Some time in the summer, a small theater in Los Angeles screened a movie to which hardly anyone came. It was a clunky film filled with scenes in a desert and in tents. The characters were cartoonish; the dialogue gauche. The actors who'd responded to a July 2011 casting call thought they were making an adventure film set 2,000 years ago called "Desert Warrior." That's how Backstage magazine and other acting publications described it. The American-made movie, it turns out, was hardly an innocent Arabian Desert action flick.
Iraqi protesters burn Israeli and U.S. flags during a protest Thursday. The U.S. ambassador to Libya, J. Christopher Stevens, and three others were killed during a protest outside the U.S. Consulate in Benghazi, Libya, on Tuesday.
CNN: Jewish groups mad about initial reports on anti-Islam film
Jewish groups are upset that the initial reporting about the anti-Islam movie known as "Innocence of Muslims" depicted the film as being financed by a group of Jewish donors. The groups say the reporting was irresponsible and even dangerous. "We are greatly concerned that this false notion that an Israeli Jew and 100 Jewish backers were behind the film now has legs and is gathering speed around the world," Abraham Foxman, national director of the Anti-Defamation League said Thursday. "In an age where conspiracy theories, especially ones of an anti-Semitic nature, explode on the Internet in a matter of minutes, it is crucial for those news organizations who initially reported on his identity to correct the record."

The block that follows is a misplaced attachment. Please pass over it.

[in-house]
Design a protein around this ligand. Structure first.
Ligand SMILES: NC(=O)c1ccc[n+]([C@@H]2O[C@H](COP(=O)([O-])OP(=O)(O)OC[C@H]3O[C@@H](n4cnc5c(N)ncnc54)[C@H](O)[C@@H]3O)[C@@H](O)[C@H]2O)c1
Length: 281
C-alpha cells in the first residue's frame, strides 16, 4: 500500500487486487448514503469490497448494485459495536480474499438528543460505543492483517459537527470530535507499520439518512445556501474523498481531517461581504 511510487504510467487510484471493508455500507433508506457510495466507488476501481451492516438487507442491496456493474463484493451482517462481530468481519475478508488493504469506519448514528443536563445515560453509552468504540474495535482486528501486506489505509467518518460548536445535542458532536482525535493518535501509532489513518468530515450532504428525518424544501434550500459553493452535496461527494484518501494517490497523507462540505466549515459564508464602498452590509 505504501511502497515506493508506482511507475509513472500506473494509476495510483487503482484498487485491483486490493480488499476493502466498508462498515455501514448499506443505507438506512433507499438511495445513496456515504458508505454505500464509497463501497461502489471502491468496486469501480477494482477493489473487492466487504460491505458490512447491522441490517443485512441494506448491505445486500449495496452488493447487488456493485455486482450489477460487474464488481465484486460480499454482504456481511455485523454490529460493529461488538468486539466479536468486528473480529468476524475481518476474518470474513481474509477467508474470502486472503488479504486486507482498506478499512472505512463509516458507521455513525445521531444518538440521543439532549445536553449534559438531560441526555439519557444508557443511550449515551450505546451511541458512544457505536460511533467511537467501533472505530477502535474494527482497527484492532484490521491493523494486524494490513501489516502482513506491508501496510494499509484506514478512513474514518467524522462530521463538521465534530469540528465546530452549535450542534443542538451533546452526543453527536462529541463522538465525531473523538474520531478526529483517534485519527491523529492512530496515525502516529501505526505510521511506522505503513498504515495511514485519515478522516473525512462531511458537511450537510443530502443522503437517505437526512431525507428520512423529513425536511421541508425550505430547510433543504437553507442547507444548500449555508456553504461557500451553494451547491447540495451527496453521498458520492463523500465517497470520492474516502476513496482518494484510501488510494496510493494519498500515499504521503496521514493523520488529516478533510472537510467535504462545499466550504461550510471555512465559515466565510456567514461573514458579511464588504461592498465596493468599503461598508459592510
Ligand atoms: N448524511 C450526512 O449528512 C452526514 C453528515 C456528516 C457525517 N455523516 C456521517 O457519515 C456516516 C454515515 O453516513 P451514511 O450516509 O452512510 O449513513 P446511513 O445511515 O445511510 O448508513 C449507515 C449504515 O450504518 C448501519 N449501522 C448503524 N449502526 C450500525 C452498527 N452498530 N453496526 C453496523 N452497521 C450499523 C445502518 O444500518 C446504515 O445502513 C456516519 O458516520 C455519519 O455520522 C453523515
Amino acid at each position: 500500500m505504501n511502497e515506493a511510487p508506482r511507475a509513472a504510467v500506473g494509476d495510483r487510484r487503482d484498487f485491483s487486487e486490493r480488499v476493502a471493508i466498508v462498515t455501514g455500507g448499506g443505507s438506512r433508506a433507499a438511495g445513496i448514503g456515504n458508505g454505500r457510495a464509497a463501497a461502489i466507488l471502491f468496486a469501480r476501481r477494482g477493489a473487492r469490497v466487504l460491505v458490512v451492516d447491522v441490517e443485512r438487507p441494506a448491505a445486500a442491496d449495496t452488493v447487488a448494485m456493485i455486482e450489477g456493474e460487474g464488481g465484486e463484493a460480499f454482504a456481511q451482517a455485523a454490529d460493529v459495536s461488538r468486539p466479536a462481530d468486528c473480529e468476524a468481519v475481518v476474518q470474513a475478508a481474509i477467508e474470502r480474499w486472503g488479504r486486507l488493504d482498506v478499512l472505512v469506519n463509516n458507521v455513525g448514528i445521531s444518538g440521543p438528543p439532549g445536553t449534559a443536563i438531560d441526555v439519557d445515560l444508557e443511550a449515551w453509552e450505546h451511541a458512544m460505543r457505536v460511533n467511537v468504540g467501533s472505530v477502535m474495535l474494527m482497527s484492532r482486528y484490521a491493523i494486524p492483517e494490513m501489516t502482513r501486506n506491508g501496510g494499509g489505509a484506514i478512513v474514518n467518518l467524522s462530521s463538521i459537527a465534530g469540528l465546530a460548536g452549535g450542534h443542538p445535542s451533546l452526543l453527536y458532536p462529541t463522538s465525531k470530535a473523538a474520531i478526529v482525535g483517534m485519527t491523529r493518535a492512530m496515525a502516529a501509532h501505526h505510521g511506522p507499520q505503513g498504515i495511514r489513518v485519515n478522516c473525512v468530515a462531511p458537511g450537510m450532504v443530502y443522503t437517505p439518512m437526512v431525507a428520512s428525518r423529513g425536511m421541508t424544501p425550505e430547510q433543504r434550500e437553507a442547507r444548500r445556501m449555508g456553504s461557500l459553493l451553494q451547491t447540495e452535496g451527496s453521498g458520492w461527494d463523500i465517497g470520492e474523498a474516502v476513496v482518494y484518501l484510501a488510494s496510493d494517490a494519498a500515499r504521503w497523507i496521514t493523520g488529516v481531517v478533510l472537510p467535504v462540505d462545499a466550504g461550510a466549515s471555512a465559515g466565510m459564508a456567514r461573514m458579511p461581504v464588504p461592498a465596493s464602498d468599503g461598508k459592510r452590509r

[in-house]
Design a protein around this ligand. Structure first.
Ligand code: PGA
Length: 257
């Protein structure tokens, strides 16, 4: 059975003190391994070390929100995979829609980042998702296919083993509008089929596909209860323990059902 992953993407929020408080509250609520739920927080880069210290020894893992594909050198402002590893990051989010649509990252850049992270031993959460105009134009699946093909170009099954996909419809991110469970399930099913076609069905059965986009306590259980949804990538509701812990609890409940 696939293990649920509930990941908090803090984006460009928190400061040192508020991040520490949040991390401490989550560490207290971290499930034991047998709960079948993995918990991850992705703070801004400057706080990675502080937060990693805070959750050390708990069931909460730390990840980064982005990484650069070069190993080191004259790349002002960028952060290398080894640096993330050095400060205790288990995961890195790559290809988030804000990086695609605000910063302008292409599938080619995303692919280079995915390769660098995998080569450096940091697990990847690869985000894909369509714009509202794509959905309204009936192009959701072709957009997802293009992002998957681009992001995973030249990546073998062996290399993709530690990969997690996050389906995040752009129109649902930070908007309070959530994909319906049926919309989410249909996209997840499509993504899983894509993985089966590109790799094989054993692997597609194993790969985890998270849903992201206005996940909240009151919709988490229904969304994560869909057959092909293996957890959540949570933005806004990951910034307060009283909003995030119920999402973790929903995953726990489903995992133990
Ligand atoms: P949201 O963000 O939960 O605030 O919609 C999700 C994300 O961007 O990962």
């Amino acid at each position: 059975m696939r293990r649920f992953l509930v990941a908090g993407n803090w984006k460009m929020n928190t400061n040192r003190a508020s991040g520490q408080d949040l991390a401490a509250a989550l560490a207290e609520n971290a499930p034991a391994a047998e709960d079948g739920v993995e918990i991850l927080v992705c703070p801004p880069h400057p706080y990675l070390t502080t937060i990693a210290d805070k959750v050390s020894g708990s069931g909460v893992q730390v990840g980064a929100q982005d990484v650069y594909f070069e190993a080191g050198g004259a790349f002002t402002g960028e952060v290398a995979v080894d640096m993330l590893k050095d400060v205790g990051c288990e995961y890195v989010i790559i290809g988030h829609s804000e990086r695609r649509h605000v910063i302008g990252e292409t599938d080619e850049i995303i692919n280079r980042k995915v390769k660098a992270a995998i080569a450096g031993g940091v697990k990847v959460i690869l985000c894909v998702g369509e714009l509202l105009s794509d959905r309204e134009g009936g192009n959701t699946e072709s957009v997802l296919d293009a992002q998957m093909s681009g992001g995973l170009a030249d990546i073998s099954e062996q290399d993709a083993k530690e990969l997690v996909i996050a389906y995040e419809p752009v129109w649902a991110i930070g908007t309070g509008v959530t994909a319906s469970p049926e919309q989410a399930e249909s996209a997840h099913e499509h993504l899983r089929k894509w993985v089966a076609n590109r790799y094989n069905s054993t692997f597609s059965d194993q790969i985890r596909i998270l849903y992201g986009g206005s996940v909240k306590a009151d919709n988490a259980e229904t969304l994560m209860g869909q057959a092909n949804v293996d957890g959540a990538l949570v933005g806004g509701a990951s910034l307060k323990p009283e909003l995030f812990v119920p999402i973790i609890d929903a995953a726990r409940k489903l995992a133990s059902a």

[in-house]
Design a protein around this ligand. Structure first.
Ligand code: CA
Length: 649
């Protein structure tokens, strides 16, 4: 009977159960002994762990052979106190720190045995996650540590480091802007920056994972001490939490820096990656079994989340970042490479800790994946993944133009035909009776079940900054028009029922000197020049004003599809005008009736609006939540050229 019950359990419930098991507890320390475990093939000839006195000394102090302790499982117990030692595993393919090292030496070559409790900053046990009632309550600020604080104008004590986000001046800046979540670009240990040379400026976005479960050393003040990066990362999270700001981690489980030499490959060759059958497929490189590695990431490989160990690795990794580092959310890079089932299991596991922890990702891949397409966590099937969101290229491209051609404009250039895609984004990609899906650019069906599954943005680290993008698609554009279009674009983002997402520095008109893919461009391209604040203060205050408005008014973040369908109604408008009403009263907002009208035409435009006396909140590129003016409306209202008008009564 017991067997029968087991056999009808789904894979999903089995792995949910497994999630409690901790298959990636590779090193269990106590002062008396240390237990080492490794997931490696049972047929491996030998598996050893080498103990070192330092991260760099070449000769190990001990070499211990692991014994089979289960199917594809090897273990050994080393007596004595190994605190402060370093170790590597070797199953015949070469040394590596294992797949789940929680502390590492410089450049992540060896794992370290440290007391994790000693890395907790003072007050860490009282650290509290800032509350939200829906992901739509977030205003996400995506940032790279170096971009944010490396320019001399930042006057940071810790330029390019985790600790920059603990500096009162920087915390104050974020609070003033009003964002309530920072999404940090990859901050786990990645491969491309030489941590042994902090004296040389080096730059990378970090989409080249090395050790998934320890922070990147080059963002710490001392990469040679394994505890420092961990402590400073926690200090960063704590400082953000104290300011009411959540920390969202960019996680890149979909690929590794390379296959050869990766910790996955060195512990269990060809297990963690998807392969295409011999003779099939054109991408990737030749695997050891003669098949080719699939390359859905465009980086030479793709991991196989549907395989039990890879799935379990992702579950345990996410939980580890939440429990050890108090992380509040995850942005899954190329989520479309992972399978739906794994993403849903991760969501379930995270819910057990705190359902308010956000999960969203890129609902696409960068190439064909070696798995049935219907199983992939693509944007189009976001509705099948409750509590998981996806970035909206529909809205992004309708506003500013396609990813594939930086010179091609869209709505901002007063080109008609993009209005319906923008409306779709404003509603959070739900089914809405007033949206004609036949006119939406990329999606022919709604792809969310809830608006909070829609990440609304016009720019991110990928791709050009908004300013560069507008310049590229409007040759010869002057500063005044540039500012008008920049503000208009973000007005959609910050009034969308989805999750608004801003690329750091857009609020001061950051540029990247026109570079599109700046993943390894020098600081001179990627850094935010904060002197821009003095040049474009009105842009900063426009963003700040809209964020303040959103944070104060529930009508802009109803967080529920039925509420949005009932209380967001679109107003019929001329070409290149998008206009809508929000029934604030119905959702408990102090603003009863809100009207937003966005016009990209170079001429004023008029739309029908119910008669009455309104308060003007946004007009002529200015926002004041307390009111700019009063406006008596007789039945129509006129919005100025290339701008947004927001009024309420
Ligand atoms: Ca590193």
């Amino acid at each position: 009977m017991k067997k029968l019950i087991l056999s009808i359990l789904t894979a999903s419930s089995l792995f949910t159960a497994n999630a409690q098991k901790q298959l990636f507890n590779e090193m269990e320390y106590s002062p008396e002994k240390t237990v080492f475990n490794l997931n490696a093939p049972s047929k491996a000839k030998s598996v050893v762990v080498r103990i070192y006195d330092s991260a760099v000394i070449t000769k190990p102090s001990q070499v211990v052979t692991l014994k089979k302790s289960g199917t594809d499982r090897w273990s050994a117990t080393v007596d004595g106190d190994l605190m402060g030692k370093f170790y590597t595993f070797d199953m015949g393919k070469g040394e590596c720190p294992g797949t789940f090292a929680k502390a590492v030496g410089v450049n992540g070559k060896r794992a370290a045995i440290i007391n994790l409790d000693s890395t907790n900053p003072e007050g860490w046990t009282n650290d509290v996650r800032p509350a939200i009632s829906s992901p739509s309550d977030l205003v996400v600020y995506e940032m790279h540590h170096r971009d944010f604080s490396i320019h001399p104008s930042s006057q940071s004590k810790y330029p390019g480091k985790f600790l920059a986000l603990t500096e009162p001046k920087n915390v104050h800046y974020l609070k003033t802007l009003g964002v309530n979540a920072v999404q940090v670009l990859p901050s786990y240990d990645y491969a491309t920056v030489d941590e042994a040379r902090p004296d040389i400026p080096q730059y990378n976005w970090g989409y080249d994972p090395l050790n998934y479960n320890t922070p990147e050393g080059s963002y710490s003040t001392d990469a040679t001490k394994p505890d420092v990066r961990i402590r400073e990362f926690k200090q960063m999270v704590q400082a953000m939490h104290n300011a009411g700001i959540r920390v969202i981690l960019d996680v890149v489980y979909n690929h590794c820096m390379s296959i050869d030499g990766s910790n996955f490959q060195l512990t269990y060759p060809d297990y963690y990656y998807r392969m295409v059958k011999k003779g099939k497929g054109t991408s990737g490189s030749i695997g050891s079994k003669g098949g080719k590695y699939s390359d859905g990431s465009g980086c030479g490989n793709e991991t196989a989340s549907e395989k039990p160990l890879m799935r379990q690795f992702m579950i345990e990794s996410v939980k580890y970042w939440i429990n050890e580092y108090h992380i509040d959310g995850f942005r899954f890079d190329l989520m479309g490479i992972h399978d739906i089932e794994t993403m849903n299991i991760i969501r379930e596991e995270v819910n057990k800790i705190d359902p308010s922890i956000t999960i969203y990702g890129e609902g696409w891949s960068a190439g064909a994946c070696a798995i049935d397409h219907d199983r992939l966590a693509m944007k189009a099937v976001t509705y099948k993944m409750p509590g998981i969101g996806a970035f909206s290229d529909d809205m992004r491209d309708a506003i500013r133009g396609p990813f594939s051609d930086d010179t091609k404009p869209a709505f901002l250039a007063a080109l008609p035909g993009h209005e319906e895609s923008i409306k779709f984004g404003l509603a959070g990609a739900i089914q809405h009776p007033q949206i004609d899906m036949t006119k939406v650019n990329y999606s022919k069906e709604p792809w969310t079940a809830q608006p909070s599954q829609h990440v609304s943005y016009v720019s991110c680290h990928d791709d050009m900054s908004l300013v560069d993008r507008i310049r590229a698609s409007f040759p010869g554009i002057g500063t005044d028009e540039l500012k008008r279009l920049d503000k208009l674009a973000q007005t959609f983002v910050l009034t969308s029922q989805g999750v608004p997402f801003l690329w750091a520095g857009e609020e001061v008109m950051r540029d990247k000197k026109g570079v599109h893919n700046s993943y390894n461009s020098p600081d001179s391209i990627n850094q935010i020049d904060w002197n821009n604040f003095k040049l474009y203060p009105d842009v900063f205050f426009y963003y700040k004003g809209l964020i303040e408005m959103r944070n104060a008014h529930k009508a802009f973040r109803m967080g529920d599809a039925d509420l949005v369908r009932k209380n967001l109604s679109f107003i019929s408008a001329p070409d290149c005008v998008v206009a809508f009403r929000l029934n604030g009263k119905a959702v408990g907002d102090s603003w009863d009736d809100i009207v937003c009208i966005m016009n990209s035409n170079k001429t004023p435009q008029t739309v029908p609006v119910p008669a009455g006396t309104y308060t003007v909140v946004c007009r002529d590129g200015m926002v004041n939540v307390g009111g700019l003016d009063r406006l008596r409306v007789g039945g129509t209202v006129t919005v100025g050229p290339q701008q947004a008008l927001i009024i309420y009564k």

By Lateef Mungin
(CNN) - Jewish groups are upset that the initial reporting about the anti-Islam movie known as "Innocence of Muslims" depicted the film as being financed by a group of Jewish donors.
The groups say the reporting was irresponsible and even dangerous.
"We are greatly concerned that this false notion that an Israeli Jew and 100 Jewish backers were behind the film now has legs and is gathering speed around the world," Abraham Foxman, national director of the Anti-Defamation League said Thursday. "In an age where conspiracy theories, especially ones of an anti-Semitic nature, explode on the Internet in a matter of minutes, it is crucial for those news organizations who initially reported on his identity to correct the record."
The Simon Wiesenthal Center also blasted the early media coverage of the story.
The center said Thursday it is "deeply troubled that the project was initially falsely and widely depicted as a project of an American- Israeli and that the $5 million was raised by 100 Jews. We remain deeply worried that those initial media reports are being used by Islamist extremists to further fan the violent anti-Semitism that is a part of that sub-culture of hate."
The CNN Belief Blog covers the faith angles of the day's biggest stories, from breaking news to politics to entertainment, fostering a global conversation about the role of religion and belief in readers' lives. It's edited by CNN's Daniel Burke with contributions from Eric Marrapodi and CNN's worldwide news gathering team.